1. Attend the synchronous meeting with the instructor via Skype. At least 1 person (primary contact) from the group must attend the session. The purpose of this session is for you to conduct the major portions of the analysis for the course you are developing.
2. Work With Team To Understand Results of Analysis Meeting and Other Analysis Activities
3. Develop a course plan using the 11 instructional design steps presented in chapter 1 of the text (Design Quickly and Reliably).* This plan is due at the end of the next session and will be emailed to the instructor by the primary contact for your group. The process that you use to develop the course plan is up to you. Recommendations include:
a) Define the Problem/Task
b) Brainstorm Possible Solutions
c) Decide On A Course of Action With Specific Tasks and Artifacts
d) Divide Tasks/Responsibility and Assign to Group Members (accountability)
e) Set Due Dates
4. The development plan must be emailed to the instructor by the primary contact for the group.
5. Each individual member of the team will make a blog post this week discussing their role in the group project and their thoughts on the instructional design process in light of this project.
As I mentioned in my previous blog post, I decided to work on this project individually. Working individually definitely had its advantages and disadvantages. One of the advantages of working on my own was being able to take this project in any direction that I wanted, but a major disadvantage was not having others constructive criticism in order to improve my original ideas. Since I was on my own, I utilized our previous assignment, the analysis plan activity, to steer my design in the right direction. In addition, I made use of the ideas posted in my previous blog post and reviewed the 11 instructional design steps thoroughly through out this weeks assignment.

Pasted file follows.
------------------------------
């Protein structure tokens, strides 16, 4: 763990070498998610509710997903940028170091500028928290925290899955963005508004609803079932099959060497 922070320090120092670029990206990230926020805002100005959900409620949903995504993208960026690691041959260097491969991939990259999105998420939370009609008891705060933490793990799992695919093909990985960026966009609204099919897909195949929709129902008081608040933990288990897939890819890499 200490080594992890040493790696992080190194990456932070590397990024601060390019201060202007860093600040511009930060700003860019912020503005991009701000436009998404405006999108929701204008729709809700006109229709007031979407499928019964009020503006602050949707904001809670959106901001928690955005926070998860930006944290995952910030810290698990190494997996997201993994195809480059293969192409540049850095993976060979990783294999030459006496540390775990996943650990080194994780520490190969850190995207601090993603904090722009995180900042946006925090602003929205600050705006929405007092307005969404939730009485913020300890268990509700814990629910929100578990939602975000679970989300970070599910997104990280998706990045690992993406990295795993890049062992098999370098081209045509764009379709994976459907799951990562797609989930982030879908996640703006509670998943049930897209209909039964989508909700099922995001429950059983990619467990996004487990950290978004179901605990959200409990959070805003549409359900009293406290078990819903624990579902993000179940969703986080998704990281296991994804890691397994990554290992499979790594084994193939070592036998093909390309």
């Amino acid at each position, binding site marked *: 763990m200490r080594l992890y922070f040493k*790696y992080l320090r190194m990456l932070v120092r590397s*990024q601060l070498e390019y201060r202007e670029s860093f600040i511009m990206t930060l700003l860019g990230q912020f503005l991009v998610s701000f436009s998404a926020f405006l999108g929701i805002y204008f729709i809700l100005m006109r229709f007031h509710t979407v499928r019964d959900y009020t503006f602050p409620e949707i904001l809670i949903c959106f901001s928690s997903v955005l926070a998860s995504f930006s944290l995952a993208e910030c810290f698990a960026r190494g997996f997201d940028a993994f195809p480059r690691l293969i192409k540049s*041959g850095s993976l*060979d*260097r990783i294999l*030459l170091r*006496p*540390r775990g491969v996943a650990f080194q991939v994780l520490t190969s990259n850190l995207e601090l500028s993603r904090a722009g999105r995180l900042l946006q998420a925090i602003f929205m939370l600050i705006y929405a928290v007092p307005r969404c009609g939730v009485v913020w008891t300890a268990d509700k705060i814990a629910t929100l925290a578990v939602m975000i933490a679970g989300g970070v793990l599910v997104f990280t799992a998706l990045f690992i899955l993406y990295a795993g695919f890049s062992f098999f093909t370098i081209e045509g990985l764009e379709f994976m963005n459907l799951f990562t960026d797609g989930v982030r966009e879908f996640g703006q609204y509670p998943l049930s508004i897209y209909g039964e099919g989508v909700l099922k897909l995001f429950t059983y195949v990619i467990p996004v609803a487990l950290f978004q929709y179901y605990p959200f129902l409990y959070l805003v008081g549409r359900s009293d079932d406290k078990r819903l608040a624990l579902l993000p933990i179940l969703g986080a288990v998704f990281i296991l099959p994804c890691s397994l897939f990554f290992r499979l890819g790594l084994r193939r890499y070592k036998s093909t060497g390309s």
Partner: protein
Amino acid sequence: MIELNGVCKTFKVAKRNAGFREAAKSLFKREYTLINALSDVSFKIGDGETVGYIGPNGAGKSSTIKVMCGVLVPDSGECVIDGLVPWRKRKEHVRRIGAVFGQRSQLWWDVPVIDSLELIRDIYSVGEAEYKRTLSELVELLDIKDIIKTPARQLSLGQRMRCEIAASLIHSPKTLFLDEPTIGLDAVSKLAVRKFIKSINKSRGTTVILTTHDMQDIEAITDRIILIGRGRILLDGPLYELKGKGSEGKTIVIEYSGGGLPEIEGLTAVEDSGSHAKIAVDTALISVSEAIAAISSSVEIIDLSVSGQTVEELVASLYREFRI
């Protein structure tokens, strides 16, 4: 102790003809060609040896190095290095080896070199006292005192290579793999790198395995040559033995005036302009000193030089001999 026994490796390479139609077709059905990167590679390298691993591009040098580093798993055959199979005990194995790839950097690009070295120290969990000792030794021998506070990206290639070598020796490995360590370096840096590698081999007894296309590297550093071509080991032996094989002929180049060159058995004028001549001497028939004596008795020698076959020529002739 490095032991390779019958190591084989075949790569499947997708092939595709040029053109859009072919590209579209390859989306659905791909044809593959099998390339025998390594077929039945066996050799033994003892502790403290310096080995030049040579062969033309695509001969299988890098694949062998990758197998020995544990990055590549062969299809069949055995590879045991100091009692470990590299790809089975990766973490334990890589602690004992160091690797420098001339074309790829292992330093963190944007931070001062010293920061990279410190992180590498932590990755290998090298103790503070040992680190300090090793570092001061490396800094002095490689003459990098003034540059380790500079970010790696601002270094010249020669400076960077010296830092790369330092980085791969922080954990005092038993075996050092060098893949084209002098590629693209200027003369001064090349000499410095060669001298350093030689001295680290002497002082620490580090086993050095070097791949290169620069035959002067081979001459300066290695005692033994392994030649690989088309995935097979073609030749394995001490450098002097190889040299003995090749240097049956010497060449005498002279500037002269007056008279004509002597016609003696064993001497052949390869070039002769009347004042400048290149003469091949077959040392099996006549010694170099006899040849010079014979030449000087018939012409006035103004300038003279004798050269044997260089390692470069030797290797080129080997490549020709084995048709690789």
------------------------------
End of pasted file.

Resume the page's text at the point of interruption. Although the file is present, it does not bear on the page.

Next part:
The 11 instructional design process definitely helped in the completion of the course plan assignment. It allowed me to look into every important detail that helps shape the final product. Designing an online course, without a doubt is a difficult task that requires the instructors patience and dedication. The process mentioned in Horton’s text makes the process a little less painful, however in the end it can be disappointing to see that all the time invested into the online course is not immediately seen in the ending results. Dr. Newberry mentions this in his session 5 introduction by stating the following, “One of the things that surprises new Instructional Designers is the amount of work done that doesn’t directly show in the final product”. In the end, designers of an online course can feel the satisfaction of knowing they successfully created an effective online learning environment once they see the progress their students demonstrate in every assignment.